by David Thomas, Director of Education and Secretary to the Board for the Upper Canada District School Board
Issue 1, 2008
The Upper Canada District School Board (UCDSB) aims to attain a 90% graduation rate by the year 2020, which would be the highest in North America. Speaking at the EQAO conference in Toronto, David Thomas outlined some of the strategies the board is using to move forward on its journey to excellence and the critical role that data play in this process.
Mr. Thomas noted that in 2004 the board launched a 15-year strategic plan to charter a course to improvement. The board organized the multiple goals in its plan by themes: Communications, Resources, Educational Programs and Wellness (CREW). In essence, the UCDSB’s overarching objectives are to strengthen communications with students, parents and staff, to ensure that its schools have equal access to resources, to enhance its world-class educational programs and to promote the health and wellness of its students, staff and community.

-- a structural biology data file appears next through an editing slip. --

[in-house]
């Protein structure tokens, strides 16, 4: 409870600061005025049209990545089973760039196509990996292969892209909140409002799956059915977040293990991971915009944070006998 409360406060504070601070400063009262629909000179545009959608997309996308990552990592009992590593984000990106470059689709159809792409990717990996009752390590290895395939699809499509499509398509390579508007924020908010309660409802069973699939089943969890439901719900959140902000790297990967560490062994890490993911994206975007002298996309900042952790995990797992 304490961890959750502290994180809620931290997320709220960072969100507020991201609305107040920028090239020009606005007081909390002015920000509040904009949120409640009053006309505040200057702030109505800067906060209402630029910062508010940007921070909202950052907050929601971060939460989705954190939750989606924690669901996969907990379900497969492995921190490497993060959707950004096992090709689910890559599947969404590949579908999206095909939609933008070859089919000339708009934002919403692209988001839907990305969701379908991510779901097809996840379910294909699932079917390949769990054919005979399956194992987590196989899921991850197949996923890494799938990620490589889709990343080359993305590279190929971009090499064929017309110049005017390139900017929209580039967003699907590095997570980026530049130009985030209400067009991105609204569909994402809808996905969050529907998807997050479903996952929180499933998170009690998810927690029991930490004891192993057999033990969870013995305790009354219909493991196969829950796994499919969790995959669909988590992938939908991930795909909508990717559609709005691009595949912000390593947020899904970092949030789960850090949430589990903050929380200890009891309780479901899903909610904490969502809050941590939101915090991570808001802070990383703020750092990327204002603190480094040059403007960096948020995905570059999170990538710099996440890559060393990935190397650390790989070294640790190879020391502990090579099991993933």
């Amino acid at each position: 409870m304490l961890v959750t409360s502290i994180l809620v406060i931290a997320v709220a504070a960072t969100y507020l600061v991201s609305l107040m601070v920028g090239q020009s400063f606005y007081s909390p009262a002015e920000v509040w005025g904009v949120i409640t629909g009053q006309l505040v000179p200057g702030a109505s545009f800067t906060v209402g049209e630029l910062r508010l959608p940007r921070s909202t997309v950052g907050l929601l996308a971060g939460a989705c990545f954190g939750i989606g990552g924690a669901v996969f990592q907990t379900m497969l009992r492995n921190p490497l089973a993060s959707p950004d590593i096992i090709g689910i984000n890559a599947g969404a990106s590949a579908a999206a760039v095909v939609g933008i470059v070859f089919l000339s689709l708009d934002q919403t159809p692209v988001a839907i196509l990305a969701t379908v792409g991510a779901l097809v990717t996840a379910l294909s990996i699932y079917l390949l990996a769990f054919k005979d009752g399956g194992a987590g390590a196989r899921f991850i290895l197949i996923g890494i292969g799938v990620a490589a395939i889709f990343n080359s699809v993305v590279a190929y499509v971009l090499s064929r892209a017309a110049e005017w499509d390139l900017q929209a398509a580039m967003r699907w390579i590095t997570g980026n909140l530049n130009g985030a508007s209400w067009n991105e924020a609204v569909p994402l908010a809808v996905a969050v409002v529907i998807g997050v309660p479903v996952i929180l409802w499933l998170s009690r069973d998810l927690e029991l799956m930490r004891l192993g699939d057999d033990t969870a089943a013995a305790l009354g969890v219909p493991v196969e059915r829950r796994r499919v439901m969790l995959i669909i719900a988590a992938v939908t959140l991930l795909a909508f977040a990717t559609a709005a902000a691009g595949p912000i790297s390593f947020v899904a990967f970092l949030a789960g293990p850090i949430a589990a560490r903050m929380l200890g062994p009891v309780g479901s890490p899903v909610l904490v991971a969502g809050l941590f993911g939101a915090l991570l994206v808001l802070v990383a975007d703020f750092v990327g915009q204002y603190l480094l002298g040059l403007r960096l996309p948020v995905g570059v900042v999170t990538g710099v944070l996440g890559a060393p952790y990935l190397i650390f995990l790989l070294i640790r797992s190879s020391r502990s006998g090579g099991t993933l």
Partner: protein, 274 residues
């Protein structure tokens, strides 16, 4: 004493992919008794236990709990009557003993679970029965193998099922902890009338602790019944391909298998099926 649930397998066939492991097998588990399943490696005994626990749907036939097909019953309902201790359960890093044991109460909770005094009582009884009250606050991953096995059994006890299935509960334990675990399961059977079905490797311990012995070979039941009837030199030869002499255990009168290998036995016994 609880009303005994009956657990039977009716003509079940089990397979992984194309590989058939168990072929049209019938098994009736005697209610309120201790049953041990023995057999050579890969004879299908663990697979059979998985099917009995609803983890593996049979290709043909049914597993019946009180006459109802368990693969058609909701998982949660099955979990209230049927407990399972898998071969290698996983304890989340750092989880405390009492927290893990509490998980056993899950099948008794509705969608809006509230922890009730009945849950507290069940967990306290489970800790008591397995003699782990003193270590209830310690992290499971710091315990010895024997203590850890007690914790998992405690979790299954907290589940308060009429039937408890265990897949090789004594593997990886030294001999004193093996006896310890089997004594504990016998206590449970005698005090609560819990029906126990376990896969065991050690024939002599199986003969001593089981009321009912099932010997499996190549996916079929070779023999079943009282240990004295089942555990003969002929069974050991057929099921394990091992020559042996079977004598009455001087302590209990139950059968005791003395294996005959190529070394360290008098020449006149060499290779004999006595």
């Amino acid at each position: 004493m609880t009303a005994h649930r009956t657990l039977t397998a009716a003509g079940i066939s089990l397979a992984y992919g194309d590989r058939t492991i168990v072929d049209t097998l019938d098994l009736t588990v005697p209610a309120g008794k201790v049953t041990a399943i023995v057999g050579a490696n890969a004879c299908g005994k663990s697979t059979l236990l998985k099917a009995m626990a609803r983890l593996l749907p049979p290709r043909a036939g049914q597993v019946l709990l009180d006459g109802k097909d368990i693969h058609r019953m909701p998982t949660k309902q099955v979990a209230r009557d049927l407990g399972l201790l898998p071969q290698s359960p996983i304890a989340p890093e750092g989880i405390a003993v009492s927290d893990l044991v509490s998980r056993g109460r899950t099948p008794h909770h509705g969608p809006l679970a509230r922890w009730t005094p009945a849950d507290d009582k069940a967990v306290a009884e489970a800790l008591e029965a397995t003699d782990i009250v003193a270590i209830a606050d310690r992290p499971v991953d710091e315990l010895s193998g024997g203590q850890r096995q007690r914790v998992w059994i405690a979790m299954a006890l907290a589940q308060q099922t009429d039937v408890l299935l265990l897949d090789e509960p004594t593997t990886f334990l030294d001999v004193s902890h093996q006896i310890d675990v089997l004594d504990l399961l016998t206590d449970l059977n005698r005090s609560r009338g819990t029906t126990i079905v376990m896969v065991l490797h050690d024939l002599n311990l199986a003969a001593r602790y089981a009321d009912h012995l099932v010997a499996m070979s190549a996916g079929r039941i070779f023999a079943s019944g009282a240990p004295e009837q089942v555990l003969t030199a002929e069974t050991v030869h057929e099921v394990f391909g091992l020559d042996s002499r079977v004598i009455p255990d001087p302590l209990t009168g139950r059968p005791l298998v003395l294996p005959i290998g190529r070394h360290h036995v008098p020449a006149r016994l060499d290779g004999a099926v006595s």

After a recent 1,000-day review of the plan confirmed numerous advances in every area (including increases in graduation rates and provincial EQAO scores), the board determined it will stay the course and continue to implement the vision encompassed by CREW. The use of data is helping to inform, improve and inspire the board along the way, said Mr. Thomas.
The board’s goal of a 90% graduation rate by 2020 is supported by several top CREW goals and projects. These include the full implementation of the Michelangelo Project, which supports vulnerable students, takes leadership in small high schools, promotes character development programs and extends the board’s wellness program.